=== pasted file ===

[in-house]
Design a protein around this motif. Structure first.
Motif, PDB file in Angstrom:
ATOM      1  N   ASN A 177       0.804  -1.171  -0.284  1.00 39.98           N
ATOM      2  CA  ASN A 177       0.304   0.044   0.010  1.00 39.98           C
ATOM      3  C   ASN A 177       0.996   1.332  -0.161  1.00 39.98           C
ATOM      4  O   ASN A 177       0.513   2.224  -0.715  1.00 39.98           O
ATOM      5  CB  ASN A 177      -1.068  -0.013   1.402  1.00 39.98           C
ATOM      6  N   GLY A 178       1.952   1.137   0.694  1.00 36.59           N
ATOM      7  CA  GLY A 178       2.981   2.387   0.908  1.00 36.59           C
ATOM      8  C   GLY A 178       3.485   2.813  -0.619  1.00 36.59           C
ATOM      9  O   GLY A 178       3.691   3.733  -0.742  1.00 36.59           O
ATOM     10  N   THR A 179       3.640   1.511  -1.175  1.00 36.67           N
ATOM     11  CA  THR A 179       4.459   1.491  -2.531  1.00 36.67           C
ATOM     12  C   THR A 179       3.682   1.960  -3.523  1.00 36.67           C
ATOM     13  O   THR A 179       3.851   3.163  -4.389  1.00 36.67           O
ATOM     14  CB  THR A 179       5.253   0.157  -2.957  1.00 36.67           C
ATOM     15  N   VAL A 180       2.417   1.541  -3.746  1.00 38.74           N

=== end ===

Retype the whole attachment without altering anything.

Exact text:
[in-house]
Design a protein around this motif. Structure first.
Motif, PDB file in Angstrom:
ATOM      1  N   ASN A 177       0.804  -1.171  -0.284  1.00 39.98           N
ATOM      2  CA  ASN A 177       0.304   0.044   0.010  1.00 39.98           C
ATOM      3  C   ASN A 177       0.996   1.332  -0.161  1.00 39.98           C
ATOM      4  O   ASN A 177       0.513   2.224  -0.715  1.00 39.98           O
ATOM      5  CB  ASN A 177      -1.068  -0.013   1.402  1.00 39.98           C
ATOM      6  N   GLY A 178       1.952   1.137   0.694  1.00 36.59           N
ATOM      7  CA  GLY A 178       2.981   2.387   0.908  1.00 36.59           C
ATOM      8  C   GLY A 178       3.485   2.813  -0.619  1.00 36.59           C
ATOM      9  O   GLY A 178       3.691   3.733  -0.742  1.00 36.59           O
ATOM     10  N   THR A 179       3.640   1.511  -1.175  1.00 36.67           N
ATOM     11  CA  THR A 179       4.459   1.491  -2.531  1.00 36.67           C
ATOM     12  C   THR A 179       3.682   1.960  -3.523  1.00 36.67           C
ATOM     13  O   THR A 179       3.851   3.163  -4.389  1.00 36.67           O
ATOM     14  CB  THR A 179       5.253   0.157  -2.957  1.00 36.67           C
ATOM     15  N   VAL A 180       2.417   1.541  -3.746  1.00 38.74           N